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Beijing Government

Beijing is structured in a dual party-government system like all other governing institutions in the mainland of the People's Republic of China.

The Mayor of Beijing is the highest-ranking official in the People's Government of Beijing. Since Beijing is a centrally administered municipality, the mayor occupies the same level in the order of precedence as provincial governors. However, in the city's dual party-government governing system, the mayor has less power than the Beijing Communist Party of China Municipal Committee Secretary.

The position of Beijing Municipal Committee Secretary has always had its share of national prestige and exposure. It is now de facto standard for the Secretary to be a member of the Politburo of the Communist Party of China, the country's top ruling organ. Because of Beijing's position as the national capital, the Secretary is also involved in major decision making of national events. Xie Fuzhi, whose term lasted from 1967 to 1972, had significant influence over the national government during the Cultural Revolution. Chen Xitong's (term 1992-95) influence was considered a threat to the Shanghai clique that he was forcibly removed from the position and tried for corruption.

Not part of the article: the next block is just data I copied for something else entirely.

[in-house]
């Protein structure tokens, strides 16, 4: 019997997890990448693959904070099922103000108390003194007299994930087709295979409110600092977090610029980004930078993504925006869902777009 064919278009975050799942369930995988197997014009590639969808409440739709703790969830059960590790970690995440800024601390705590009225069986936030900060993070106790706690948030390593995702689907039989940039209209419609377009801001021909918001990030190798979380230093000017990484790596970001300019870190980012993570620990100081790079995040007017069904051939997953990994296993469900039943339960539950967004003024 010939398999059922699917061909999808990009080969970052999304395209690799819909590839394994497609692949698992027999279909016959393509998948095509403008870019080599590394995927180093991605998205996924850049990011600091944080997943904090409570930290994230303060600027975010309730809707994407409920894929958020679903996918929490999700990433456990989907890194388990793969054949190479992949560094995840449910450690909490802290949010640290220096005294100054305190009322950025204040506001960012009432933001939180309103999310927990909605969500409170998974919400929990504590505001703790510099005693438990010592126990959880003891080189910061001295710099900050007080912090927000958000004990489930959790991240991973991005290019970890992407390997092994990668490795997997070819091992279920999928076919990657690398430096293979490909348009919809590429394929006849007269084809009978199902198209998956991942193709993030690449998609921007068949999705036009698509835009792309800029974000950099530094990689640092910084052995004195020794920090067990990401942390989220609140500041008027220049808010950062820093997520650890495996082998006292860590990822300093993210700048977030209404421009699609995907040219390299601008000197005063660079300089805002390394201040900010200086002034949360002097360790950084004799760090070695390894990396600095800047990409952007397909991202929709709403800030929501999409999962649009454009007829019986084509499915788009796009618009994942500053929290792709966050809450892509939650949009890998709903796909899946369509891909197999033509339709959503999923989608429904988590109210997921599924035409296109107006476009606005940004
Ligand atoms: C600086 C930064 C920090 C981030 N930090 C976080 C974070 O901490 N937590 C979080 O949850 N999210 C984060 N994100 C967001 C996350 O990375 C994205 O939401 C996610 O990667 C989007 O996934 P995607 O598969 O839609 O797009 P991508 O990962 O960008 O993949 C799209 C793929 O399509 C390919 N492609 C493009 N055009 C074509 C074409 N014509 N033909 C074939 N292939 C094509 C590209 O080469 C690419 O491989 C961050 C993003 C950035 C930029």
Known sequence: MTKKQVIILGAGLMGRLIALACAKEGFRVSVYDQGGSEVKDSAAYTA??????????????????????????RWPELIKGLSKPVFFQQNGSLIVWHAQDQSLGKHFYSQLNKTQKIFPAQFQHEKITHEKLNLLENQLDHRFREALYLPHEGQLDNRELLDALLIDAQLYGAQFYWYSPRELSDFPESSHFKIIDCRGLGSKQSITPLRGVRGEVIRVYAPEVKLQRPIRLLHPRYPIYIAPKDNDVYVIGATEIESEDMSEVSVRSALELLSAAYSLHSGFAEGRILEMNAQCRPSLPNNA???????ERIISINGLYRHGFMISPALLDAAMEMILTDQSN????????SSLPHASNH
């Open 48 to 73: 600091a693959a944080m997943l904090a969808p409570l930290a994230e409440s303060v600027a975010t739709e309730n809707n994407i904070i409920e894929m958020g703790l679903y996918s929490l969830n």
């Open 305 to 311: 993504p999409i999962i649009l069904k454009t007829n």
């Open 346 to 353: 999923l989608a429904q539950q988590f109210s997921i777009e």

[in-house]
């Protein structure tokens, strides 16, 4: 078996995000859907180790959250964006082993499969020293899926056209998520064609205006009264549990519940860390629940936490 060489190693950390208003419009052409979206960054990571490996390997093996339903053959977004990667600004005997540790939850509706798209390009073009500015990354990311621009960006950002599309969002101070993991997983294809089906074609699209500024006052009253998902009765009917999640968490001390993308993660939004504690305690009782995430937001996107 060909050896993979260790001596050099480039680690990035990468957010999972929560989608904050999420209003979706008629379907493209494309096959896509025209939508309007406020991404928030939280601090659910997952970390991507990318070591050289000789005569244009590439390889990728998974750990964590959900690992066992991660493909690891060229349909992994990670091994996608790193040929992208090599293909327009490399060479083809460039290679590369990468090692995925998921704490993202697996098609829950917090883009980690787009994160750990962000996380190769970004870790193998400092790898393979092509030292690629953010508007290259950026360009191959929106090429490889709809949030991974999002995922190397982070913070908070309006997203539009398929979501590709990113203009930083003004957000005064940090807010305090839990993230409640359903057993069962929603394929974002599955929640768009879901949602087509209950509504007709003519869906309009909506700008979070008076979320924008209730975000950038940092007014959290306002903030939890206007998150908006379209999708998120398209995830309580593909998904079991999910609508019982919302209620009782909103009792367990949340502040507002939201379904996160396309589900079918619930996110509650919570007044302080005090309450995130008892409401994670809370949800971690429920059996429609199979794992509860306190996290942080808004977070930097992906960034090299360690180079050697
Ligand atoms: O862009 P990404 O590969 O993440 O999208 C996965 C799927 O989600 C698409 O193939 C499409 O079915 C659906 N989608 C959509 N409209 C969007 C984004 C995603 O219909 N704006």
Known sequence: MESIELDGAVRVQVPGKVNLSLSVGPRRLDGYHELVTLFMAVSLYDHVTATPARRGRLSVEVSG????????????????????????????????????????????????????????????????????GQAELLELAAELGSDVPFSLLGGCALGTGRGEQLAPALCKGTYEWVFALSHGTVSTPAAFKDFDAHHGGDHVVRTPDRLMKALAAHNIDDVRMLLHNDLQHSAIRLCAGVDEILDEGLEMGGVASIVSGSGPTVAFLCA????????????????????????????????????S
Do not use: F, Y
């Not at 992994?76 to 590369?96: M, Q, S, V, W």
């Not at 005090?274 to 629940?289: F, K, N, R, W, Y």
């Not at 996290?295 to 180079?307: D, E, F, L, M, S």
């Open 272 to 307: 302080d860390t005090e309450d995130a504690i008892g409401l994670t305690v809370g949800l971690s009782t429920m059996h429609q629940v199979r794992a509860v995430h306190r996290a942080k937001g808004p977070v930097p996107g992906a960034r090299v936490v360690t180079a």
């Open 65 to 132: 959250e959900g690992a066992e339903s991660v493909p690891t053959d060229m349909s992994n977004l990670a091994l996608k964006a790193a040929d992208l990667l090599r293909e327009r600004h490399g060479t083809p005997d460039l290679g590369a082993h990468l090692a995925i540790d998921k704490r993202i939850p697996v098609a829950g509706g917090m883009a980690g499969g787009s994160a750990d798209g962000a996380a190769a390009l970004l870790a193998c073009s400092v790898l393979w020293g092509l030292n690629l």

Beijing Municipality currently comprises 16 administrative county-level subdivisions including 14 urban and suburban districts and two rural counties. On 1 July 2010, Chongwen and Xuanwu Districts were merged into Dongcheng and Xicheng Districts, respectively.

Beijing's 16 districts and counties are further subdivided into 273 lower third-level administrative units at the township level – 119 towns, 24 townships, 5 ethnic townships and 125 sub districts.





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